“Most of the time at New Moon, the moon’s shadow either goes below the Earth or above the Earth by just a little bit, so we don’t get an eclipse every time the moon comes around,” he said.


“But every once in a while … if you get a new moon at the right time, then the moon’s shadow can go across that vast area of space and actually make a little stripe across the Earth. And that’s what we see as a solar eclipse.”

The next solar eclipse in the U.S. will occur more than 20 years from now, on Aug. 23, 2044, according to Blair and NASA – even though solar eclipses can happen multiple times a year around the world.

Bill Blair is a research professor and astrophysicist in the Department of Physics and Astronomy at Johns Hopkins University. (Bill Blair)

“But to have it happen any place on the Earth at any given time is pretty unusual,” Blair said.

In an article, NASA described solar eclipses as a “convenient coincidence” based on the scale of the sun and moon.


“The sun’s diameter is about 400 times larger than the moon’s, and the sun is almost 400 times farther away from us than the moon is,” NASA wrote.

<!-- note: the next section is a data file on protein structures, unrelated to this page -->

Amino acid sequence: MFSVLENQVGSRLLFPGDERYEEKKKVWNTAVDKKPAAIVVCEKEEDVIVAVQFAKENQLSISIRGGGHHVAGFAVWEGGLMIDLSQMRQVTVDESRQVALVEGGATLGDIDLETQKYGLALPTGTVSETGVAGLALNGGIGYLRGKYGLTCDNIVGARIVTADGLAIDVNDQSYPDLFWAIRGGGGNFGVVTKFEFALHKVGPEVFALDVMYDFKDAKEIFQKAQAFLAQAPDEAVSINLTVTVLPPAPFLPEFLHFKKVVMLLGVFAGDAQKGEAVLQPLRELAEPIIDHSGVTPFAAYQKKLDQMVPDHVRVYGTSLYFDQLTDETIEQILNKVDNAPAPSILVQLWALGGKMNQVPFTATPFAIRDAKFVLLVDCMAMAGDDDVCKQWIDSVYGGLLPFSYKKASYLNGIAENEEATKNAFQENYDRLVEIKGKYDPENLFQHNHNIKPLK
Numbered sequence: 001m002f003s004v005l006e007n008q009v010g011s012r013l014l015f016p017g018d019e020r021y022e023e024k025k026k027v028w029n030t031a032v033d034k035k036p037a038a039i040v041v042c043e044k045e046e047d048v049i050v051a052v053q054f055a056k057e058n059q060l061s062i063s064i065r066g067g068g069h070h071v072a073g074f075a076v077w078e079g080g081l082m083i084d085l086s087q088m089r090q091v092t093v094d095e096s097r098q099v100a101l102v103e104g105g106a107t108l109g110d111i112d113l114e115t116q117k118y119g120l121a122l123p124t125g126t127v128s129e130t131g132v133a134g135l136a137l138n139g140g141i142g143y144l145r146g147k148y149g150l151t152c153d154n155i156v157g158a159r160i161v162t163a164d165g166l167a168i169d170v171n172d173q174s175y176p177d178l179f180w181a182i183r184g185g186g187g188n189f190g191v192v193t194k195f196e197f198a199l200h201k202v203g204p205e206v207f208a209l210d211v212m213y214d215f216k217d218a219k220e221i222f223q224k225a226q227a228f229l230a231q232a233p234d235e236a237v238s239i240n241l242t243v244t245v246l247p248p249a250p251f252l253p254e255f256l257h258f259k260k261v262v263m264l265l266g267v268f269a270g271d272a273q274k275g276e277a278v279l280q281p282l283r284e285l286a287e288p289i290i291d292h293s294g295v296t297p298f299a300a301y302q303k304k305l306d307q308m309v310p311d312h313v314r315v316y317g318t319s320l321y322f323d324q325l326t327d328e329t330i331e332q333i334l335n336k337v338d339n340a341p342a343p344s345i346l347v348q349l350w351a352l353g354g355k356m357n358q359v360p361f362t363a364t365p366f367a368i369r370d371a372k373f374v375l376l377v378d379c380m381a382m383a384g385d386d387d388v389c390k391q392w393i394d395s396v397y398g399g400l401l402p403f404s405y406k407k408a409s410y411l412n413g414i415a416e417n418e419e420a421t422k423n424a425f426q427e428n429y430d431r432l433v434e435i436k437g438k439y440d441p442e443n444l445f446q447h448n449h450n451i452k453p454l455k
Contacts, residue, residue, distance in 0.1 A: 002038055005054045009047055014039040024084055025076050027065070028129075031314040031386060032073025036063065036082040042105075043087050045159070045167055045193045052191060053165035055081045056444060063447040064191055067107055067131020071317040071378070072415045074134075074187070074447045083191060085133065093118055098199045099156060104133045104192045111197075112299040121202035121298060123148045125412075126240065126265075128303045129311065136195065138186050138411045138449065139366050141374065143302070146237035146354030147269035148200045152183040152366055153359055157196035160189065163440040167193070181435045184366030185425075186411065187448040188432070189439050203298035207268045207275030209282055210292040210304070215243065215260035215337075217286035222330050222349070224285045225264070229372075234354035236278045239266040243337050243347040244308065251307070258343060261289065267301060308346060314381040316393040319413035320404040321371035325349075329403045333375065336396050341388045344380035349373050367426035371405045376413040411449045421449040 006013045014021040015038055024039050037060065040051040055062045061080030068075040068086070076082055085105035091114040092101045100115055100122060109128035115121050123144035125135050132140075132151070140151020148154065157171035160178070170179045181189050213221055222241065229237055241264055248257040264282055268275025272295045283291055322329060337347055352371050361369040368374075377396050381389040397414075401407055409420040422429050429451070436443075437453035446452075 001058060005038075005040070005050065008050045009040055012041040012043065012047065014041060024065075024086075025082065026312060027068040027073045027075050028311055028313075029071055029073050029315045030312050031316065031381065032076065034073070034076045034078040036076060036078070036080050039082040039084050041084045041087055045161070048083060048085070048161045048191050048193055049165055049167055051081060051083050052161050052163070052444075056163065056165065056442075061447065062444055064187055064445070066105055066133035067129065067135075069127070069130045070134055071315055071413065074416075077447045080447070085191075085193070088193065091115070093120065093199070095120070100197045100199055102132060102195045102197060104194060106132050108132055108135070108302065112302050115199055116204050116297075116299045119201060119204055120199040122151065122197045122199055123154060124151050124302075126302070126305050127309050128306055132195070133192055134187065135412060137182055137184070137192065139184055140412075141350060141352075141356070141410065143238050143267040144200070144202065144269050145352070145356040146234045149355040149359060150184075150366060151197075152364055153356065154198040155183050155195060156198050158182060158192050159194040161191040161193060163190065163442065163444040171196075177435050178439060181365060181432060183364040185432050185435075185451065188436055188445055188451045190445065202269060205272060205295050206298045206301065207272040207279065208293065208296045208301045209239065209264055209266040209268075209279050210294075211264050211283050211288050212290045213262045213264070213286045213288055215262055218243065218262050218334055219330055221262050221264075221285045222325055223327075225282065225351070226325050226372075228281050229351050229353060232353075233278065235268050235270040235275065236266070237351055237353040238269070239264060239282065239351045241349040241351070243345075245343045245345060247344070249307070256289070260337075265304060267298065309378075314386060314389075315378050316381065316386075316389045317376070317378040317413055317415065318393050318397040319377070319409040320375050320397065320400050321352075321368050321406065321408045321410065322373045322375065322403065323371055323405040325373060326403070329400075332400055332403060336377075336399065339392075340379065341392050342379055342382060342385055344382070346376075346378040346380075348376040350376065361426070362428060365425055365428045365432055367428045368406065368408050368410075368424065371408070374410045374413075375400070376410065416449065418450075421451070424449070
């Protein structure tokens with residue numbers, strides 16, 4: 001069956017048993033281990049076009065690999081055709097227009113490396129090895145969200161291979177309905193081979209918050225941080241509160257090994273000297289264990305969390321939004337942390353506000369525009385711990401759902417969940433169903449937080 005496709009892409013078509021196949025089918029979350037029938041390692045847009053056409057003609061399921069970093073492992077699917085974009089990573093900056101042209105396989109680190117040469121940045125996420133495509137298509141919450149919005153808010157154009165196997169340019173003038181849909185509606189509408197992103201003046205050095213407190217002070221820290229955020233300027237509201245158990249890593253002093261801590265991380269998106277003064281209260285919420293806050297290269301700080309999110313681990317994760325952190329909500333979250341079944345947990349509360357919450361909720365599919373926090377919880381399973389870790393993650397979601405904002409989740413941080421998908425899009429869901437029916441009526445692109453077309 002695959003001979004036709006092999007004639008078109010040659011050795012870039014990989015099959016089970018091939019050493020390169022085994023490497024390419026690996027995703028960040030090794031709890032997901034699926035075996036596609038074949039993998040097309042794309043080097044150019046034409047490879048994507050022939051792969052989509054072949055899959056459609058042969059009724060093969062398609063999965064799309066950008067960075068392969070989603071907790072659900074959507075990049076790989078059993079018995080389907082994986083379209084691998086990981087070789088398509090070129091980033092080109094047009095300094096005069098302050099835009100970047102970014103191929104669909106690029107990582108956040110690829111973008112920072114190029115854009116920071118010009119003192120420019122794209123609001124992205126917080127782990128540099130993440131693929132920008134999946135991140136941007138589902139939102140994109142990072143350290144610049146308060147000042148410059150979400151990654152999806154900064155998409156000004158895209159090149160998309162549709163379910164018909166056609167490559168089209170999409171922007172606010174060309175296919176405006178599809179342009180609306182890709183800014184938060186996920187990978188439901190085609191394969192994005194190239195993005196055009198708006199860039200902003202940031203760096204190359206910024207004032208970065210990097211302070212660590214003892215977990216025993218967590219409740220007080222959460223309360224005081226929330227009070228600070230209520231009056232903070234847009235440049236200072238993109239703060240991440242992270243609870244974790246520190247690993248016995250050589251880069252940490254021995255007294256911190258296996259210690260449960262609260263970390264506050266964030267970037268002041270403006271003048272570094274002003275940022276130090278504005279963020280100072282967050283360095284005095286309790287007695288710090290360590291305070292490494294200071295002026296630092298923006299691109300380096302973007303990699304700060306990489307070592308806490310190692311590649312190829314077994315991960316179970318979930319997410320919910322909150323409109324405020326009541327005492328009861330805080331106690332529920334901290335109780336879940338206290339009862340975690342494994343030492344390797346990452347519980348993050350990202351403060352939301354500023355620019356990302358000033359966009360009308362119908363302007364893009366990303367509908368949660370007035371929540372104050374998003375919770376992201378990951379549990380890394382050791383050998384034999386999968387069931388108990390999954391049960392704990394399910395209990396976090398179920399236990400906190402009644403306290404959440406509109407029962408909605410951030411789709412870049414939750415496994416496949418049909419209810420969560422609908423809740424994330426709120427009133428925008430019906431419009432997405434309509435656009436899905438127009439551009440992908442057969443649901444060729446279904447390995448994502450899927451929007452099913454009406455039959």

“This combination makes the sun and moon appear nearly the same size in our sky, setting up a spectacular show when they align.”

Getting the best view

Blair called solar eclipses “pretty amazing,” since everything must be “so carefully aligned” — and to witness one of them is “spectacular,” he said.

“If you get in the zone of totality, which is really in the deep shadow of the moon, it really illuminates the corona, which is the region … around the bright disk of the sun,” he added.

A time-sequence composite is shown of the total solar eclipse that occurred on Aug. 21, 2017. (Alan Dyer/VW Pics/UIG via Getty Images)

“When that sun gets covered up, we can see the corona, and it’s just a magical sight.”

Blair added that the sun is currently in “an active phase of its 11-year cycle (lots of sunspots and activity on its surface).”